Yes, there is a cure for endocardial cushion defects. However, it is not always the most effective method of treatment.
- Endocardial cushion defects are often discovered in early infancy when the child has a heart murmur or irregular heartbeat. In some cases, doctors may not diagnose a defect until adulthood.
- If you have an endocardial cushion defect, you may need regular checkups with your primary care physician to monitor your heart health and make sure you stay on top of any symptoms that might arise.
- If you experience symptoms such as chest pain, shortness of breath, fatigue, or palpitations (when your heartbeat feels like it's racing), see your doctor right away—don't wait until the next day!
- For many people with endocardial cushion defects, the best treatment available is surgery to repair or replace the affected heart valves. When done correctly, this type of surgery has a low risk for complications and long-term success with few side effects.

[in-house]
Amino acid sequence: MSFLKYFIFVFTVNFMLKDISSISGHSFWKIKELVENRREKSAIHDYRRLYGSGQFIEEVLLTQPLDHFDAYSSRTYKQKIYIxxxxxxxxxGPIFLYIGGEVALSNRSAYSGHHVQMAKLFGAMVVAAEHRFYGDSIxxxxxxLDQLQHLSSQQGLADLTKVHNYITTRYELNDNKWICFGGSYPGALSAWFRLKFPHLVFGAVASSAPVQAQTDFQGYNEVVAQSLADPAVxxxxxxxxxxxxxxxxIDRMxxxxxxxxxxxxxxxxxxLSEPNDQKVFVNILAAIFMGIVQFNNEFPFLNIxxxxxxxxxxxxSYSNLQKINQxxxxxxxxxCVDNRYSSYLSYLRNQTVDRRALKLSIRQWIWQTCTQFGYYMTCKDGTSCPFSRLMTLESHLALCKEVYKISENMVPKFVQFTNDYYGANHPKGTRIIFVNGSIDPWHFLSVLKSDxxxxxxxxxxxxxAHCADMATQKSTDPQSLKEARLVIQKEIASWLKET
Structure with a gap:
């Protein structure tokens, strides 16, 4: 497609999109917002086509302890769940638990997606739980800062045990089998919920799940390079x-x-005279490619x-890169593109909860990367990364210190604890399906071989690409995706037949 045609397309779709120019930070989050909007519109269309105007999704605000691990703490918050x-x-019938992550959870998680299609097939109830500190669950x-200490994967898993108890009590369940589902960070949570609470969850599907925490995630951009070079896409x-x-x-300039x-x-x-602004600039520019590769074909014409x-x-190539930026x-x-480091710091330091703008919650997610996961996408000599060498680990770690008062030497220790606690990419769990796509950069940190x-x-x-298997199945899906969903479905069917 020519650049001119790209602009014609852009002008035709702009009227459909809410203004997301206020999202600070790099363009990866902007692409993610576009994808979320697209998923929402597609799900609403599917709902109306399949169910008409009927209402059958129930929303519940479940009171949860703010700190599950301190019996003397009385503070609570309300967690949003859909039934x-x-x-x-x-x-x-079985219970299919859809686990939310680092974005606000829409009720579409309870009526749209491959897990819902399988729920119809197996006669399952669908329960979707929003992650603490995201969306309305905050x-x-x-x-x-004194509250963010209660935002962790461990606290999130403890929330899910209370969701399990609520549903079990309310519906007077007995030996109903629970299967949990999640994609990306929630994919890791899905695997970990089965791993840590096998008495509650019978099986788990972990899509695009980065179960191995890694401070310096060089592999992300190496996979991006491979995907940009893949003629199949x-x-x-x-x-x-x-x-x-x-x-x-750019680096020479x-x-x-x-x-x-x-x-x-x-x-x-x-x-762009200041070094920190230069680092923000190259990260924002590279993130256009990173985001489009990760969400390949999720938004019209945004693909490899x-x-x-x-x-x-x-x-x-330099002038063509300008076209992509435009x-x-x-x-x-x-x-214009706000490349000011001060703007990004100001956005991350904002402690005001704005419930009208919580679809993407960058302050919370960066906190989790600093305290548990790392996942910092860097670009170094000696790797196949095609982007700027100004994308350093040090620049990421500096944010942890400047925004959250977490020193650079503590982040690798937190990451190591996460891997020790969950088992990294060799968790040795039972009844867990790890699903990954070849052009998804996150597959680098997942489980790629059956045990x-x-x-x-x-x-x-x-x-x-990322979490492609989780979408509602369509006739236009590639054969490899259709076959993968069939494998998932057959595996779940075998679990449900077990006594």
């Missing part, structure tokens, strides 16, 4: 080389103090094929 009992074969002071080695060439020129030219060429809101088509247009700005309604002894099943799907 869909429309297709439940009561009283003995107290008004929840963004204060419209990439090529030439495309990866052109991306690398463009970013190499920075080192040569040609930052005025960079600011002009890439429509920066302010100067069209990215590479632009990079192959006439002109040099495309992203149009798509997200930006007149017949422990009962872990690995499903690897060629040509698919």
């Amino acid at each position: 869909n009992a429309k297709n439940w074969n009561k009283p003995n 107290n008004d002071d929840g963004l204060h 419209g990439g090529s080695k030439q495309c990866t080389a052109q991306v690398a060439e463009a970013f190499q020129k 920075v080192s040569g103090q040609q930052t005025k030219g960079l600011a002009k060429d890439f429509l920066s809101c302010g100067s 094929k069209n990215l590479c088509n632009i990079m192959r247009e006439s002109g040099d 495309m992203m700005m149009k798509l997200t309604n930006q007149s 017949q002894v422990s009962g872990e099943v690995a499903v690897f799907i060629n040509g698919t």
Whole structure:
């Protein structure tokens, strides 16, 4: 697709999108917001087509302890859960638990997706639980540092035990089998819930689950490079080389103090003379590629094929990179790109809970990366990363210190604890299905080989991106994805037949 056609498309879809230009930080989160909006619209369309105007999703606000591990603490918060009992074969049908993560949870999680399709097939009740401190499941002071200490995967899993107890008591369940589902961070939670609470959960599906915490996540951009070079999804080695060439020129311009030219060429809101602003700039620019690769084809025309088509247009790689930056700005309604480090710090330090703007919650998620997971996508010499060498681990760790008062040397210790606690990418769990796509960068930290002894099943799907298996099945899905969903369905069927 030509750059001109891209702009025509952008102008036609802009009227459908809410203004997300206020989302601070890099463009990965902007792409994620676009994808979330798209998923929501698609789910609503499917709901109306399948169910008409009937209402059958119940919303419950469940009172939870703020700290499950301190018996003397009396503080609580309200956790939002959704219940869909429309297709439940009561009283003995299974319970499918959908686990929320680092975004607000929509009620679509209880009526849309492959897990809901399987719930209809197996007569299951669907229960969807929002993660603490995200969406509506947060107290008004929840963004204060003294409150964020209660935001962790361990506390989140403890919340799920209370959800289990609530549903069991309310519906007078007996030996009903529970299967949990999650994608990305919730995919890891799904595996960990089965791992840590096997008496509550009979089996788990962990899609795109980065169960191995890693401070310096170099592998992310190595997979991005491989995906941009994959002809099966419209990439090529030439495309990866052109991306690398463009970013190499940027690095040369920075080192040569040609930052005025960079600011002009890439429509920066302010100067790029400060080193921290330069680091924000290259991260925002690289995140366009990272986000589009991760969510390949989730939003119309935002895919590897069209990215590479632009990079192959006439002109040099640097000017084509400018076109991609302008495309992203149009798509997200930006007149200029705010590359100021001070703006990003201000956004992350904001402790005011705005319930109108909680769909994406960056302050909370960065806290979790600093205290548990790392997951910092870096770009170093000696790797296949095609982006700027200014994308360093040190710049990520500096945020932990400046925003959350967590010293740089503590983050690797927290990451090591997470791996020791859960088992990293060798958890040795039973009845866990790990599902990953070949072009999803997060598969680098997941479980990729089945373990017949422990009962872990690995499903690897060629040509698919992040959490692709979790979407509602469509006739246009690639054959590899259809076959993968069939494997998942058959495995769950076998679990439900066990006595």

- In some cases, medications may be used to treat symptoms of endocardial cushion defects such as arrhythmias or cyanosis (blue tinge to skin).
- These medications may include Beta-blockers (e.g., propranolol), calcium channel blockers (e.g., verapamil), anti-arrhythmic drugs (e.g., sotalol), and angiotensin-converting enzyme inhibitors/angiotensin receptor blockers (ACE-I/ARB).
Abnormal heart rhythm (arrhythmias),Chest pain (angina),Congestive heart failure,Dizziness or fainting,Fatigue (tiredness),Heart murmur (a swishing sound that occurs when blood flows through the heart)
Breathlessness (dyspnoea),Chest pain (angina pectoris),Swelling of the legs or abdomen,Bluish coloration of skin (cyanosis)